Global fitting: the key for a robust analysis

Download use case: Global Fitting


The Indian parable of “The six blind men and the elephant” tells the story of six blind men who touch an elephant in the hope of learning what it is like. As each one can only feel a different part of the animal the individual conclusions obtained are in disagreement and none of them provides a real view of the full elephant. “only by sharing what each of you knows can you possibly reach a true understanding”; that´s the moral behind this nice story.


Fig 1: The six blind men and the elephant: only a global analysis of the overall data provides a true understanding.

The binding assay(s) achieved to characterize a molecular interaction often provides not just one, but several binding curves from which the affinity constant is obtained.
Sometimes, an individual fit of these curves yield a set of binding constants that are significantly different from them; this result can be very confusing because, in principle, these binding curves are a representation of the same binding event and should converge to provide the analogous information. Often, the explanation for this behaviour is that the different curves indeed provide only partial and/or different information of the interaction, not enough to unequivocally determine the binding affinity through individual analysis.

“It´s like feeling only a separate part of the elephant”

This is a typical scenario when facing the study of complex binding events that involve more than one equilibrium and several binding curves are obtained, i.e. from different frequencies of the spectra in a titration experiment, from data registered using different techniques (ITC, NMR, Optical Spectroscopies…) and/or from experiments performed at different concentrations of the species participating in the binding event.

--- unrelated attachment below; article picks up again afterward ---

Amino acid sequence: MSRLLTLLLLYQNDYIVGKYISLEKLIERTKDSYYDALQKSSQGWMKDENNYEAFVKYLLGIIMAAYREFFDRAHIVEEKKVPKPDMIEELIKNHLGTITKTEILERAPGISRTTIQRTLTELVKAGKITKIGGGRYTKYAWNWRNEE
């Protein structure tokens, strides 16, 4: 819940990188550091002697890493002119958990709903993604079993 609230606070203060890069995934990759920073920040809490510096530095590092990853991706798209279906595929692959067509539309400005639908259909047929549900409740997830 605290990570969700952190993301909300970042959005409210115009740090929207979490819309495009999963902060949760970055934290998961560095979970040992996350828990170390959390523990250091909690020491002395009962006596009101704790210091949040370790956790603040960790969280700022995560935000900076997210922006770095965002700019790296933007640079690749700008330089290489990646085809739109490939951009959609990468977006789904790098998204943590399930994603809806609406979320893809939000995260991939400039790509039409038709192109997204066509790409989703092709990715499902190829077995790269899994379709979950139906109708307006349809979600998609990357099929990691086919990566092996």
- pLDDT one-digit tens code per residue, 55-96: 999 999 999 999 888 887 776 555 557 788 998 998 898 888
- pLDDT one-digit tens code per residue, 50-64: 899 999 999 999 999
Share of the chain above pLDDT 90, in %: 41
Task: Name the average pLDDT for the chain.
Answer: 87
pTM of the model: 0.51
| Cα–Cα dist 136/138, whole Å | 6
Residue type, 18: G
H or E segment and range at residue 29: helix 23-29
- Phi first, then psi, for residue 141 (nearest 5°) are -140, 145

Analogous to the parable of the six men and the elephant, the way to get a true understanding of the binding event consist of the global analysis of the different curves.

Fig 2: The binding curve obtained from 2D NMR titrations.

Being aware of the relevance of global analysis, in AFFINImeter we count with the possibility to perform Global fitting of multiple data to tailored binding models where one or more fitting parameters are shared between isotherms. The number and identity of the parameters shared are selected by the user.
Moreover, two or more parameters can be related through mathematical relationships designed by the user. All these features make our global fitting tool the most potent among others to perform a robust analysis of binding data of complex interactions.

About the disuses of  Isothermal Titration Calorimetry in drug discovery research

Isothermal Titration Calorimetry (ITC) is the gold standard for the calculation of affinity in molecular interactions. Many times, researchers claim that the high consumption of sample does not offset the use of ITC for Kd calculation.
Conversely, ITC hides many surprises in the acquisition data that can provide more information in a single experiment that other techniques that are more expensive and more complicated to use.